In Atlantic Richfield Company v Christian, 140 S. Ct. 1335 (2020), the U.S. Supreme Court touched upon the ramifications of being a Potentially Responsible Party (“PRP”) under the Comprehensive Environmental Response, Compensation and Liability Act, U.S.C.A. § 9601 et. seq. (“CERCLA”). Atlantic Richfield involved the Anaconda Copper Mining Company. Anaconda previously operated three copper smelters in Montana. Emissions from its smelters resulted in elevated levels of arsenic and lead being deposited over a widespread area some 300 square miles in size. Atlantic Richfield had purchased Anaconda in 1977. A few years later, the area around the smelters was designated a Superfund Site. Since that time, Atlantic Richfield has been working to remediate the Site.

A group of landowners brought suit against Atlantic Richfield in state court. Those landowners sought to recover restoration damages from Atlantic Richfield in order to clean up their property in conformance with their own cleanup plan. By design, the landowners’ plan was intended to achieve a degree of cleanup that exceeded what Atlantic Richfield and the EPA had agreed upon. While Atlantic Richfield’s plan would have allowed up to 250 ppm of arsenic to remain in the soil after cleanup, the landowners plan set the arsenic limit at 15 ppm. The landowners plan included excavation of contaminated soil down to two feet below grade; the EPA approved plan only required one foot of excavation.

Atlantic Richfield defended the action by claiming any award of restoration damages was improper because the landowners’ cleanup plan exceeded what was required under the EPA approved plan. In doing so, it claimed the landowners were PRPs. If the landowners were PRPs, their restoration plan would need EPA approval pursuant to Section 122(e) (6) of CERCLA, which governs inconsistent response actions.

The Montana Supreme Court held that the landowners were not PRPs and thus, no EPA approval of their restoration plan was needed. The U.S. Supreme Court disagreed. CERCLA imposes liability on status. The court noted that if a person owns property where hazardous substances are located, that person is a PRP regardless of whether they actually played a role in causing the contamination. Because there was no disputing that contaminants were located on the landowners’ property, the court considered them PRPs.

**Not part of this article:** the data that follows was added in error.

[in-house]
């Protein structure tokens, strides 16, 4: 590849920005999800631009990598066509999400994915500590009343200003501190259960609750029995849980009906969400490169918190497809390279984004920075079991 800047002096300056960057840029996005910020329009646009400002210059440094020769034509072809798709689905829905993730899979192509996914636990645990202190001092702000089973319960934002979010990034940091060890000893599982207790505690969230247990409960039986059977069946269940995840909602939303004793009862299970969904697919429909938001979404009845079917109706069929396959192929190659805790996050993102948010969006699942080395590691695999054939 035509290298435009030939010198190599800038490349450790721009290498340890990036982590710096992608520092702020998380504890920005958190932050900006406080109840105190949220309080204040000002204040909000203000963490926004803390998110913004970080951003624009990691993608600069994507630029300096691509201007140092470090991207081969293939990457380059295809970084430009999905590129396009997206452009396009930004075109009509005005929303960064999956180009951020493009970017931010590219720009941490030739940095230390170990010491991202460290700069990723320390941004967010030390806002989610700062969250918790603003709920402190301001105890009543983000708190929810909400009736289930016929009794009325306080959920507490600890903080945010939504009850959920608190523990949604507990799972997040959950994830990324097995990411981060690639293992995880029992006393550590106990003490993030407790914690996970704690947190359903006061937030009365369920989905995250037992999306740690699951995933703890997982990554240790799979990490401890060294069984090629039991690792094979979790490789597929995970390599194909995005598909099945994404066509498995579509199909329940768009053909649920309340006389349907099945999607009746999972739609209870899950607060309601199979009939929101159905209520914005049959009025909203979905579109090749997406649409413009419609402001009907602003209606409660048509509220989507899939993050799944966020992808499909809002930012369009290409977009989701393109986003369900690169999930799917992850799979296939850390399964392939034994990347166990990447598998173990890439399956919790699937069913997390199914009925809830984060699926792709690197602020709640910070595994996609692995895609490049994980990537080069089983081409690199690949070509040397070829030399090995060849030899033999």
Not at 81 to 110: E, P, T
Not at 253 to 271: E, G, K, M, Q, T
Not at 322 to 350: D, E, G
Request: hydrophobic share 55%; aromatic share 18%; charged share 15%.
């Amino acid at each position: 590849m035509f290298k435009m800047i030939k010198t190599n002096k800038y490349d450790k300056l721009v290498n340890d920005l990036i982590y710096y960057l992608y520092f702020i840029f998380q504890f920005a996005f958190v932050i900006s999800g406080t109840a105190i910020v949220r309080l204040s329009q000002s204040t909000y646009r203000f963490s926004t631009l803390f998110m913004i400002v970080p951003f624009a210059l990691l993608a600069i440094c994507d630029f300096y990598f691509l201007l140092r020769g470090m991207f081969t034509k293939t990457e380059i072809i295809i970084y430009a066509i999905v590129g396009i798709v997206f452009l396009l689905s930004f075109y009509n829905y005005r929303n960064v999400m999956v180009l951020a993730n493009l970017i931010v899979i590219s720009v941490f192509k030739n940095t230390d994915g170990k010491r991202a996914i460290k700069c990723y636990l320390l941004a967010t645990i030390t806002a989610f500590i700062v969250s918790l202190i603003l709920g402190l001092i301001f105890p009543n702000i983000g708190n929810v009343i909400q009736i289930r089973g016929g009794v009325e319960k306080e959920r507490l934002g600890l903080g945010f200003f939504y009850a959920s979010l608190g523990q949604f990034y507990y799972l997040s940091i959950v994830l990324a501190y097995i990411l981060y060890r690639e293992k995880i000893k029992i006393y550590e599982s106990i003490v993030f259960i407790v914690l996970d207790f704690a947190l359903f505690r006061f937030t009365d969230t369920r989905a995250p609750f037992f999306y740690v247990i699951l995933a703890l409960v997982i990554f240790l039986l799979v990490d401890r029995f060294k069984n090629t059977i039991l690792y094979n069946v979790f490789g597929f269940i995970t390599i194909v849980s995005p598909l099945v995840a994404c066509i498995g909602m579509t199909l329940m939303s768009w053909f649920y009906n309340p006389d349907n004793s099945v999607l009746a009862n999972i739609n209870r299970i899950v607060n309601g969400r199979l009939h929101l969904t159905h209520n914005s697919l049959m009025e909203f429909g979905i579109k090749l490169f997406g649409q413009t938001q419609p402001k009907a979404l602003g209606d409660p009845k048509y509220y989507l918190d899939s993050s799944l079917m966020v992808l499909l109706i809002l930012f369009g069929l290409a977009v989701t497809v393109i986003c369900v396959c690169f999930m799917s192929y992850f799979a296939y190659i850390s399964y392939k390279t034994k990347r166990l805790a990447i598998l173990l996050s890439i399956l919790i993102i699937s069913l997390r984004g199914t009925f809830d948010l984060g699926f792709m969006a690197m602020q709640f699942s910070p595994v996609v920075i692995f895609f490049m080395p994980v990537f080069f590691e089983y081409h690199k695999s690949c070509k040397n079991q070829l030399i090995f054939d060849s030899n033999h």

The statute of limitations had run against the landowners. Because they were no longer subject to a lawsuit for recovery of cleanup costs, the landowners claimed they could not be considered PRPs. The court stated the landowners could not simply escape their status as PRPs because they were no longer subject to suit. Even if a person is not subject to suit, they are still a PRP under CERCLA.

The landowners claimed if they were PRPs, the government would have an easement over their property requiring them to obtain EPA approval for ordinary improvements like installing a sandbox for their grandchildren. While acknowledging CERCLA’s broad definition of remedial action, the court noted its reach is limited. It called out to the grandchildren of Montana to rest easy. Remedial action does not include planting gardens, installing sprinklers or sandboxes.

Lastly, the landowners claimed it was unfair to treat them as PRPs because they never received notice of those settlement negotiations between Atlantic Richfield and the EPA. Once again, the court did not believe the landowners could simply escape their status as PRPs because they were not provided notice of settlement negotiations. EPA has a policy of not suing innocent landowners which the court suggested explained why the EPA did not include them in settlement negotiations. Even if the landowners should have received notice, the Court held that lack of notice was not determinative of their status as PRPs. In the end, the court held that EPA approval of the landowners’ cleanup plan was required.